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The Miller

From THE MILLER magazine 1867 

 

 

The trade of the Miller is important, since by means of it the first step is taken in preparing wheat for use. There is no article so well adapted for the food of man as bread.   It contains all the ingredients necessary for forming and sustaining the three principal solids of the human body, viz. the fat, the muscle, and the bone; and hence it is a wise providence that has scattered wheat so widely over the earth so that most nations are acquainted with it in some of its varieties.   

Wheat consists of starch and gluten, together with a little sugar and albumen.    It is the business of the miller to grind the wheat to flour, and otherwise prepare it for its intended use; and the building in which he does this is often picturesque situated by the side of a stream, commanding ∑ a head of water for turning the water-wheel which drives the machinery, or the mill may be situated on a hill or breezy down, where the wind gives motion to sails which drive the machinery, as in the common ∑windmill; or thirdly, if the mill be situated in a large town, and the horizontal be constricted on an extensive scale, the steam-engine is the prime mover.

The most essential part of a corn-mill is a pair of millstones, circular in form and placed one above the other, but not sufficiently near to touch.   The lower or bed-stone is fixed, and from its centre rises a spindle, on which the upper stone, called the runner, moves.     This spindle is moved by means of cog-wheels in gear with it, and connected with the prime mover.    In the centre of the upper stone is a hole, through which the corn passes to be ground.     The flat faces of the stones are cut into furrows, which allow the flour to escape, as the wheat is ground by the action of the stones.       The stones are covered in by means of a large wooden case,  opening at the bottom by means of a shoot into troughs in the floor below.

 There are several varieties of flour used in London: they are known as    
            (1). Best Flour, or Pastry White
            (2). Whites
            (3). Households 
            (4). Number 2 or seconds.
            (5). Thirds
            (6). Fine Middlings.

There is also Dusting Flour, used to give a fine colour and texture to the outside of loafs.      Each of the above varieties is produced by the admixture of several kinds of wheat, well known to the miller, as the variety of flour is to the baker.   For example: wheat containing much gluten may be mixed with one that containing an abundance of starch; a red wheat may be mixed with a white one; a moist one with one that is dry; and so on.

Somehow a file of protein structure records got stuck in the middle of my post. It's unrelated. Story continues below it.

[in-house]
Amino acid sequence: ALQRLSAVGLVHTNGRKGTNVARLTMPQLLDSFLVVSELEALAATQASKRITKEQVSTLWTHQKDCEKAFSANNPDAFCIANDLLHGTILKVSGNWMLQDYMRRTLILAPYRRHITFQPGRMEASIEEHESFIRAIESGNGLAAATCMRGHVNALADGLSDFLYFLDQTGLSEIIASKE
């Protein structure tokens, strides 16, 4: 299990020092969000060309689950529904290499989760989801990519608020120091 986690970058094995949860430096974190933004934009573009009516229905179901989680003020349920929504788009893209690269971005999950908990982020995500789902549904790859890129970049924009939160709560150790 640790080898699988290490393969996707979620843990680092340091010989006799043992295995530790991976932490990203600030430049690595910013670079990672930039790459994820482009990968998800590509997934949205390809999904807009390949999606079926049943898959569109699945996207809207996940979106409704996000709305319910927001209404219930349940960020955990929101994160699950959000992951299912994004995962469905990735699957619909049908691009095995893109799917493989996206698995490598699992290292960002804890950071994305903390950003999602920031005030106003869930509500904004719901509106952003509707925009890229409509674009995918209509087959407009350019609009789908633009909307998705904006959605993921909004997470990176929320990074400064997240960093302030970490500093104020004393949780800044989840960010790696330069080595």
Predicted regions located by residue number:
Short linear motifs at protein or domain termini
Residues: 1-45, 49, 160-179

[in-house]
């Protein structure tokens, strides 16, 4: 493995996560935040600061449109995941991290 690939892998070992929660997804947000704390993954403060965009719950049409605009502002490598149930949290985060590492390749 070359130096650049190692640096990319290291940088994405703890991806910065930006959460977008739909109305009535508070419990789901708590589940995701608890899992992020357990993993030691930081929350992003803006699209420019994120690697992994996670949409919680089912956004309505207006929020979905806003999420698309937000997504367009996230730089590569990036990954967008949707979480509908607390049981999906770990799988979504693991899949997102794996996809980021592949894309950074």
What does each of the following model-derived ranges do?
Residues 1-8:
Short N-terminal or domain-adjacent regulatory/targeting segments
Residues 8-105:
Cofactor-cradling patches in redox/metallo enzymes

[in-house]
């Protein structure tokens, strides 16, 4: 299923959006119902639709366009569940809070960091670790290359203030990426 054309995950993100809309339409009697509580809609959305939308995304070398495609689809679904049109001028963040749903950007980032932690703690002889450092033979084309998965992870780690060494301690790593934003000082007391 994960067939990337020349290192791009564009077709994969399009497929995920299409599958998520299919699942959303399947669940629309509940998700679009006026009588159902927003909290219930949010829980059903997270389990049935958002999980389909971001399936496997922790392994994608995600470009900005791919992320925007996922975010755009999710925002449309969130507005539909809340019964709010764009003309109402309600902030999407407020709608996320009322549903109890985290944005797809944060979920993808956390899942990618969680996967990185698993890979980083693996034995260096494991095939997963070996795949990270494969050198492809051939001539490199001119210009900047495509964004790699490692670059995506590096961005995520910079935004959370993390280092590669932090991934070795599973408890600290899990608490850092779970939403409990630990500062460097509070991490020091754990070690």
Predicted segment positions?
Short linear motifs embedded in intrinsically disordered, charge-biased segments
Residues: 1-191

The art of mealing, as it is called, consists in the judicious choice of wheat and in the proper arrangement of the machinery, so that the whole of the flour which the wheat is capable of producing may be obtained at one grinding.         The proper proportions of the wheat for grinding are mixed in a bin, after which the grain is passed through a blowing apparatus in order to separate dust and light particles.    It is next passed through a smut machine (fig. 98), consisting of iron beaters enclosed within a skeleton cylindrical frame covered with wire, the spaces being wide enough to allow the impurities of the grain to fall through.   The beaters revolve 400 or 500 times in a minute and by their action against the wires scrub the wheat, and remove portions of dust, smut, and impurities.     After this, the wheat is passed through a screen, arranged spirally on a horizontal axis, the resolutions of which scatter the seeds over the meshes, and allow small shrivelled seeds to pass through.    The grain is next exposed to a current of air from a fan, which completes the removal of chaff, dirt, smutt-ball, etc.     The result of all this elaborate cleaning is greatly to improve the whiteness of the flour, and also itís wholesomeness; and itís necessity is evident from the accumulation of impure matter in the cases of the screens.     As the wheat passes from the last cleaning machine, it falls down a canvas tube into the hopper which supplies the millstones (fig. 100), where a jigging kind of motion is kept up, so as to shake the corn into the trough over the stones in equable quantities; and so long as this action is going on properly, a little bell is made to ring, the motion of which ceases with the supply of wheat.

It has been already stated that the stones are boxed in to prevent the flour from being scattered by the centrifugal force of the runner.  According to the old method, this is done very imperfectly, so that there is considerable loss of flour, which fills the air of the mill, covers the men, and injures their health by being continually breathed.


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